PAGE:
1 There is no basis for the concerns expressed by some MPs during the Second Reading Debate in the House of Commons last week  that there may be good legal cause why this man and this man (or this woman and this woman) should not be joined together in matrimony.
worth reading in full at http://www.publications.parliament.uk/pa/cm201213/cmpublic/marriage/memo/m01.htm
5 Concern has been expressed that the European Court may challenge the special position of the Church of England and the Church in Wales, which cannot opt-in to same sex marriage, like other religious bodies. But the special treatment of those Churches is plainly justified. It arises from the common law duty of the clergy to marry a parishioner in their parish church. If the Church of England wishes to solemnise marriages of same sex couples, it may put a Measure before Parliament to change the law relating to it. The Church in Wales (being disestablished) cannot take such a step and so the Bill contains a power for the Lord Chancellor, by order, to amend the law if the Governing Body of the Church in Wales so requests.
6 The suggestion that parents, teachers and foster carers may be subjected to detriments because of their views on same sex marriage are unfounded. The law contains protection for religious beliefs and practices, and for freedom of expression, and in any event the Bill does not adversely affect the content of the law in such contexts.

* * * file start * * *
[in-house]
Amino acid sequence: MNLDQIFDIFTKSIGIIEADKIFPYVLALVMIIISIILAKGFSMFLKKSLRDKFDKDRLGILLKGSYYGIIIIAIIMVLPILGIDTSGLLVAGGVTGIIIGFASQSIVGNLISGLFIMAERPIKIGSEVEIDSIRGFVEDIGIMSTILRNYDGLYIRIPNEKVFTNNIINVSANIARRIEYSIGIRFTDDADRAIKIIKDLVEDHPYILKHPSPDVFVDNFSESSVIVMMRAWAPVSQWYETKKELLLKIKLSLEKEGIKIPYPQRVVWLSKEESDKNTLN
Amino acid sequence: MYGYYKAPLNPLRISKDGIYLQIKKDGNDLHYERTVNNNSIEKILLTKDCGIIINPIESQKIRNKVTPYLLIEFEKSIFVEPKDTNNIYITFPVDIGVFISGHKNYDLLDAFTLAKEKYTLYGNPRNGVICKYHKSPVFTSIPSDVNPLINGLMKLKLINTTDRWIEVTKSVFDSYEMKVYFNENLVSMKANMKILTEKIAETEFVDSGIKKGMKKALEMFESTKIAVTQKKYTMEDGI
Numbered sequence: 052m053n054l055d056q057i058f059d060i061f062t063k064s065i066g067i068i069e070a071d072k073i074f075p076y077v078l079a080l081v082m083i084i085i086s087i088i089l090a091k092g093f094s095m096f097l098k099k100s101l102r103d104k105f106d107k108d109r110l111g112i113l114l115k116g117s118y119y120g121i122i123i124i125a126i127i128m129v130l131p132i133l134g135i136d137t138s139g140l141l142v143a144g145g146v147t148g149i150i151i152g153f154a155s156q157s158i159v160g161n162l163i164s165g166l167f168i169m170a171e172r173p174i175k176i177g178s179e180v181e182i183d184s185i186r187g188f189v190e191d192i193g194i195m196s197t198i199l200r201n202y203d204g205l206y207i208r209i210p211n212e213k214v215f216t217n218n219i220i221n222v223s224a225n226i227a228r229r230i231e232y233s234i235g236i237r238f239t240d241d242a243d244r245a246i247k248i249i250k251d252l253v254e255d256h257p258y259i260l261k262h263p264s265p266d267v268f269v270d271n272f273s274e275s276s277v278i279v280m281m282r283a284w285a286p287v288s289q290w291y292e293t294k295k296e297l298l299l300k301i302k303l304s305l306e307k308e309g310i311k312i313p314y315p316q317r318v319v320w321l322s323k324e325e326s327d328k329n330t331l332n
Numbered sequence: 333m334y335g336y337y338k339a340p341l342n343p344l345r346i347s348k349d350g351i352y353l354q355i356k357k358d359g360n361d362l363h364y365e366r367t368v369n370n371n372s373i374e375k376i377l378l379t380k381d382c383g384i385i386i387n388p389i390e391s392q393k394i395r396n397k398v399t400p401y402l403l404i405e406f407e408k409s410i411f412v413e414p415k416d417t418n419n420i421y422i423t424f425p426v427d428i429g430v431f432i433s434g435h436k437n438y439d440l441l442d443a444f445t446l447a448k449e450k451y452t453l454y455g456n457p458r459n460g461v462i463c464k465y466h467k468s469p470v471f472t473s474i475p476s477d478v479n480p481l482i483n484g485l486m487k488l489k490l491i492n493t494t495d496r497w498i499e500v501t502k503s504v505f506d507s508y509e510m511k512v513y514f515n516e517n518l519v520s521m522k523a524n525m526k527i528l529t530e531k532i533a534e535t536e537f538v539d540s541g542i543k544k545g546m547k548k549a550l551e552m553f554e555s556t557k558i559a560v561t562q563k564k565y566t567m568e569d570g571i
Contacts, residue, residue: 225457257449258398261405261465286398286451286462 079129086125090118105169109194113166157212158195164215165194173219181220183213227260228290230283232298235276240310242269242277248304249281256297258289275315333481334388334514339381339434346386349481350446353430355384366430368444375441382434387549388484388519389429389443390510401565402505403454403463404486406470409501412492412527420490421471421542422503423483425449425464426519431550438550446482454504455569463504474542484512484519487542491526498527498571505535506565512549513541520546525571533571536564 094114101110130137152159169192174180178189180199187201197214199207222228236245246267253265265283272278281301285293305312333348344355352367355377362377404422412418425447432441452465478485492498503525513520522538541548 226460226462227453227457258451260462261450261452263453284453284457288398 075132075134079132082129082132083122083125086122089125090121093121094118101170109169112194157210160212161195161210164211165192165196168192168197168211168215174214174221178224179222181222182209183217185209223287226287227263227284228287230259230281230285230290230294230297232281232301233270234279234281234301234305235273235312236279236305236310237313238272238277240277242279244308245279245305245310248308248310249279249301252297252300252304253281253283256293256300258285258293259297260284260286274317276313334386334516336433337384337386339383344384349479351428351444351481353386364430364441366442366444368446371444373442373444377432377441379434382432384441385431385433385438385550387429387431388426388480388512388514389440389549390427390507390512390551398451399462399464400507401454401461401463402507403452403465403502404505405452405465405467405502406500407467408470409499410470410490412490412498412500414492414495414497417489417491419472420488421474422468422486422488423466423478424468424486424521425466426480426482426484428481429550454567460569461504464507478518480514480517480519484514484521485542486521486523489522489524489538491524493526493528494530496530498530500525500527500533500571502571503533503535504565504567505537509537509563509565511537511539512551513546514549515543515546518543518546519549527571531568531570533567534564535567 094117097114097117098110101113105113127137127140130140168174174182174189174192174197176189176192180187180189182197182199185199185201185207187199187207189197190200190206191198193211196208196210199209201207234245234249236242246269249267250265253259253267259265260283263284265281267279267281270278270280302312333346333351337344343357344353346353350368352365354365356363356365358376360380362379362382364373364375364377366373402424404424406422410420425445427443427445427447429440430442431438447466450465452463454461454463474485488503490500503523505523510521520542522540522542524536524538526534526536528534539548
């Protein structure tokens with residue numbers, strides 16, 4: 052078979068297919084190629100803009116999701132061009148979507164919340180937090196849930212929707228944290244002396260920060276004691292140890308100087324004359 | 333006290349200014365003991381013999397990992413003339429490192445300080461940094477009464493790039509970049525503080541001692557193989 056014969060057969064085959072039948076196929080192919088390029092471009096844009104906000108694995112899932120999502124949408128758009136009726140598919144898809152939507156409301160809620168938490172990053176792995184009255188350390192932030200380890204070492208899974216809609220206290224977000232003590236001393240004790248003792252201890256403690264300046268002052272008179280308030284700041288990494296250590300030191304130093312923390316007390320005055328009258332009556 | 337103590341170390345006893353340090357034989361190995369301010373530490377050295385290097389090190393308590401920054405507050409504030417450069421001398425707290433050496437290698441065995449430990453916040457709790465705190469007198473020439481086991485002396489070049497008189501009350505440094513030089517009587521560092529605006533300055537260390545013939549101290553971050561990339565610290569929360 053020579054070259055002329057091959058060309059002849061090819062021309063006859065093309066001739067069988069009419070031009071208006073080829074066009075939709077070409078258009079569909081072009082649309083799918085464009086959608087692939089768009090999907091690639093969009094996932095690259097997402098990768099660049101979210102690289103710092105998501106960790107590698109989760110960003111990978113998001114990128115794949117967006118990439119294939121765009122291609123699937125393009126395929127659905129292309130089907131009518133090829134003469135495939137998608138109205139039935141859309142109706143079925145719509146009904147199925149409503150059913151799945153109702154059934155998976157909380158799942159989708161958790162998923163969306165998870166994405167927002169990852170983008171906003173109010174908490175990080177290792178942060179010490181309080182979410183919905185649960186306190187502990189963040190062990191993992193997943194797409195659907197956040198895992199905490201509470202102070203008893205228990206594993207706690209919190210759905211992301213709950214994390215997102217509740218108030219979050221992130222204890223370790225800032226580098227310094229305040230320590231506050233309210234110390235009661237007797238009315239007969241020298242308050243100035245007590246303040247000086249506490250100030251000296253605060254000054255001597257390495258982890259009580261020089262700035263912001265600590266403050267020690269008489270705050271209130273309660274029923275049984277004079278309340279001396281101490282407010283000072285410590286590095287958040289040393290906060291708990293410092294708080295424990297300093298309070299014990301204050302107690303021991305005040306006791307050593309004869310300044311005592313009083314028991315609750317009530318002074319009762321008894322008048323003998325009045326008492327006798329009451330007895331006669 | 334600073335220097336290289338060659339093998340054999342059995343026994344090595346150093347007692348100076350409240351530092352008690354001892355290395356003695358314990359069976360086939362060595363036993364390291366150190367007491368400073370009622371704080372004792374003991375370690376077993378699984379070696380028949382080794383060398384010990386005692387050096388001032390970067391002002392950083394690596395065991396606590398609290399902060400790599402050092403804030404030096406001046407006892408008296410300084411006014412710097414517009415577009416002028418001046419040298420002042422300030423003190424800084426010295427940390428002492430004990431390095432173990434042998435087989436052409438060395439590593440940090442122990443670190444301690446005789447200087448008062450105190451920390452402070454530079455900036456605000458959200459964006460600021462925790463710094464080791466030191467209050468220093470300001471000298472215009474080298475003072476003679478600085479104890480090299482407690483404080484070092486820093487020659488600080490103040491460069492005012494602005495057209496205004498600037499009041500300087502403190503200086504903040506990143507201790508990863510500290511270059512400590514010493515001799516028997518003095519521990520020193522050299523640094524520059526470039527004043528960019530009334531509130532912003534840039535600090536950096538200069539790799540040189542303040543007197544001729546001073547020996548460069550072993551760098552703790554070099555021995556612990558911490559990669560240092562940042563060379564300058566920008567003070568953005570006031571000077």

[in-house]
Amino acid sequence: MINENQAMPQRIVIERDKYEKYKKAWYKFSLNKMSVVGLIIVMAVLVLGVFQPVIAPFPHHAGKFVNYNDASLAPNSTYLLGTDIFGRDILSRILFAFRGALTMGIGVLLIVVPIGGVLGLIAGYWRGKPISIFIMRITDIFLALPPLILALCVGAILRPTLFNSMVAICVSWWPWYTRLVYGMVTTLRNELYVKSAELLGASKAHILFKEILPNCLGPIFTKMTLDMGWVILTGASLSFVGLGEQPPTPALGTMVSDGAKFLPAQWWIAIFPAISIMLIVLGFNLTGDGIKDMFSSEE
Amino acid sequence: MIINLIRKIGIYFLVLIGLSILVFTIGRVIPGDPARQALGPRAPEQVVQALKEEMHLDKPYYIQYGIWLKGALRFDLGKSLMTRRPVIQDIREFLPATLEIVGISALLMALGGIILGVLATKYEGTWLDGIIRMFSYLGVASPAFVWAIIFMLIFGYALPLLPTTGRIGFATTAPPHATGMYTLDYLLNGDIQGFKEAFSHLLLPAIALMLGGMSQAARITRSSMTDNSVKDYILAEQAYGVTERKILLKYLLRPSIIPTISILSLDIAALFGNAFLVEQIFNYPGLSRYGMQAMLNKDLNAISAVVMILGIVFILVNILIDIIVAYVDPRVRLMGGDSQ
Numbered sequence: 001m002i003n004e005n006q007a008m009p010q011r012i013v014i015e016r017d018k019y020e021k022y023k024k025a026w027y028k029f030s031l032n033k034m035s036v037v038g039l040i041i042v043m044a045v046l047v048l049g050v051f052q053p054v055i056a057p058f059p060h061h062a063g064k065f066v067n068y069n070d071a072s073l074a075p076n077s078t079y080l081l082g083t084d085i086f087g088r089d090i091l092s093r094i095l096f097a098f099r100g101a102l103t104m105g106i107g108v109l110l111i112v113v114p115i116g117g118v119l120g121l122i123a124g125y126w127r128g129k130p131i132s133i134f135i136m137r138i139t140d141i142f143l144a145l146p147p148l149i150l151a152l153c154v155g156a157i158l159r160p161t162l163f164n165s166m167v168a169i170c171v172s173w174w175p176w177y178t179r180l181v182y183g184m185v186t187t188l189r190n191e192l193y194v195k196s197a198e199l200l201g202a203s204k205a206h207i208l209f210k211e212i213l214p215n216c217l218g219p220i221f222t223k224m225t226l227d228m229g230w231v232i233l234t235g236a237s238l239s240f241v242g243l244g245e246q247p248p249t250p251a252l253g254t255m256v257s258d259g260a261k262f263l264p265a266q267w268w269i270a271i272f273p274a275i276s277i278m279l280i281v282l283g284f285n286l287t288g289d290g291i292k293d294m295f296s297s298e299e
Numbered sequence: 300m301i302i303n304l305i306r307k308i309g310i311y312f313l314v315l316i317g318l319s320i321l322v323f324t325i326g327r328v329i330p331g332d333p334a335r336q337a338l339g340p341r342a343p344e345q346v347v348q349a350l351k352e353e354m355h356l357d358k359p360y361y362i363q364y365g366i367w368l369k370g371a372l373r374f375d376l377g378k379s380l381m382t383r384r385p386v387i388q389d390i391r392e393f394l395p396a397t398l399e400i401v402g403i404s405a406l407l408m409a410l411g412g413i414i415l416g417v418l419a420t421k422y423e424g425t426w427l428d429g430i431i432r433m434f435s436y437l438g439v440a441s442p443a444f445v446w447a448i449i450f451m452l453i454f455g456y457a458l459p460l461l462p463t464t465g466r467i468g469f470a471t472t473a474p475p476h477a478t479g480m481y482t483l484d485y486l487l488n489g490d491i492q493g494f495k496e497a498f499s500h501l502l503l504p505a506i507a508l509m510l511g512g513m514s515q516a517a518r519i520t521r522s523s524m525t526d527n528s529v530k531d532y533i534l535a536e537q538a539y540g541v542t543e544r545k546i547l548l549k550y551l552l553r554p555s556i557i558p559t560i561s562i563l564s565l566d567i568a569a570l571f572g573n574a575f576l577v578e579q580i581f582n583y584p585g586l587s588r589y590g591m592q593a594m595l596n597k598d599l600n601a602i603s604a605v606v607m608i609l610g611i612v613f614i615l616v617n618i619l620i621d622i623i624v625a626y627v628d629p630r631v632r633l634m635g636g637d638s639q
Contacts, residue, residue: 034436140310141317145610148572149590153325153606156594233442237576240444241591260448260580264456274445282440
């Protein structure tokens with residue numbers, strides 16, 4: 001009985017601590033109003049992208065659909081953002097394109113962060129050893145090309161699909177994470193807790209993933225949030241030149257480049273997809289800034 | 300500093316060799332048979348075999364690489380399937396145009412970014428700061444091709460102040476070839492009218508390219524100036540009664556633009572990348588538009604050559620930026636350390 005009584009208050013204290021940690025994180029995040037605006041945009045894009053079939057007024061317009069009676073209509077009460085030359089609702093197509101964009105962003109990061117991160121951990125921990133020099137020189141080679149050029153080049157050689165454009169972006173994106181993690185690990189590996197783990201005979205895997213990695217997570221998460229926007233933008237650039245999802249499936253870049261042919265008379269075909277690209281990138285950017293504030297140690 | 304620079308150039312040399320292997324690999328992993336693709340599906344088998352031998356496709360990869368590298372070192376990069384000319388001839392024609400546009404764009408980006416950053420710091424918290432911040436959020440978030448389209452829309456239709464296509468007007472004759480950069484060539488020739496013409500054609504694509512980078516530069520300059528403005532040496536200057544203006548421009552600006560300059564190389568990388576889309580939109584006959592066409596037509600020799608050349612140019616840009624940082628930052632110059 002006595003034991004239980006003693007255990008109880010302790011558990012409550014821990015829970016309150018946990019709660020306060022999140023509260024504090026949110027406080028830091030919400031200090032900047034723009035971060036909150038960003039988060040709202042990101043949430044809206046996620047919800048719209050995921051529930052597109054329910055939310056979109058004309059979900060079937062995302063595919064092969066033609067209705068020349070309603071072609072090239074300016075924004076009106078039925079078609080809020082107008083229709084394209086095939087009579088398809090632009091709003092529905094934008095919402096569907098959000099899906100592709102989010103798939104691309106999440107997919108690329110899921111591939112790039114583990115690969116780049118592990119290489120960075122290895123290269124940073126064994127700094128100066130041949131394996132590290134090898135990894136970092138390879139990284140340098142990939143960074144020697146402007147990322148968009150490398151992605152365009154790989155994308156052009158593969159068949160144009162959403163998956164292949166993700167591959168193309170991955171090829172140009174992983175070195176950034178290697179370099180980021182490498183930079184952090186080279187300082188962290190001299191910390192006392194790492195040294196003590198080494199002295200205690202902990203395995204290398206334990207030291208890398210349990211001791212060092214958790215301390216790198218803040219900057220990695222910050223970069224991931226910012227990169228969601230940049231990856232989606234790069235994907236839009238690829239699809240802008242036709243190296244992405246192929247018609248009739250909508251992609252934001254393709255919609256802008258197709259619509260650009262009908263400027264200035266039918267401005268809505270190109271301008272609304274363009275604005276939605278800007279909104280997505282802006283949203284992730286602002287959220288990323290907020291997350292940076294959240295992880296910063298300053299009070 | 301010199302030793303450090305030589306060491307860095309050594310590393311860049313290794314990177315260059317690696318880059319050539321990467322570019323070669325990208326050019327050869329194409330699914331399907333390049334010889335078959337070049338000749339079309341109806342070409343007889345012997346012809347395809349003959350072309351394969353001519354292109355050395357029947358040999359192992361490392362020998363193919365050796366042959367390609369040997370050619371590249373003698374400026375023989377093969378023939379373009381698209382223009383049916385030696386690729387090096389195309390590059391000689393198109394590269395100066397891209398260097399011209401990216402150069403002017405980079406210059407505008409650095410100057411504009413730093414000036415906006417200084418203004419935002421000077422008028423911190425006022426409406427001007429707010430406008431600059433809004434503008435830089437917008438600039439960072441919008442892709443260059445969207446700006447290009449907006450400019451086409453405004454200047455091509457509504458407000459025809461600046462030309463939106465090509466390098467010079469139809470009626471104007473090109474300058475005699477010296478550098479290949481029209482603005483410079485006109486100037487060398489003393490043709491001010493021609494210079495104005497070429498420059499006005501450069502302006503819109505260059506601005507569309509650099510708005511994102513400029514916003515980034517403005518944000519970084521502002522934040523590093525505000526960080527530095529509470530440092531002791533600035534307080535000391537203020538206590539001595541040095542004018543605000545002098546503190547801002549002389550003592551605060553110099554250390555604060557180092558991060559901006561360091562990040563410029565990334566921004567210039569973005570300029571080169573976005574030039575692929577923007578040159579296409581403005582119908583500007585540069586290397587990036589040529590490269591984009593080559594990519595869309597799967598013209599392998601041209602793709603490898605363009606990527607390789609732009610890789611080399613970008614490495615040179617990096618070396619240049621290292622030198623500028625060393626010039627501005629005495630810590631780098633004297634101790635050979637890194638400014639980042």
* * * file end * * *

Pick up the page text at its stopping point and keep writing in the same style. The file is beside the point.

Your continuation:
7 It is true that the Bill will not protect marriage registrars who have religious objections to conducting same sex civil marriages. In 2009, the Court of Appeal dismissed the claim of a registrar, Ms Lillian Ladele, that she was entitled, on religious grounds, to refuse to be involved in conducting civil partnership ceremonies.  Last month, the European Court gave judgment dismissing Ms Ladele's claim under the European Convention.  If you are employed as a marriage registrar performing public functions, you cannot refuse to perform a part of those functions because you disagree with the law of the land as to who may get married. That was the basis of the judgments of the Court of Appeal and the European Court of Human Rights.
8 For the reasons set out above, the arguments of those who oppose the Bill are not assisted by legal concerns.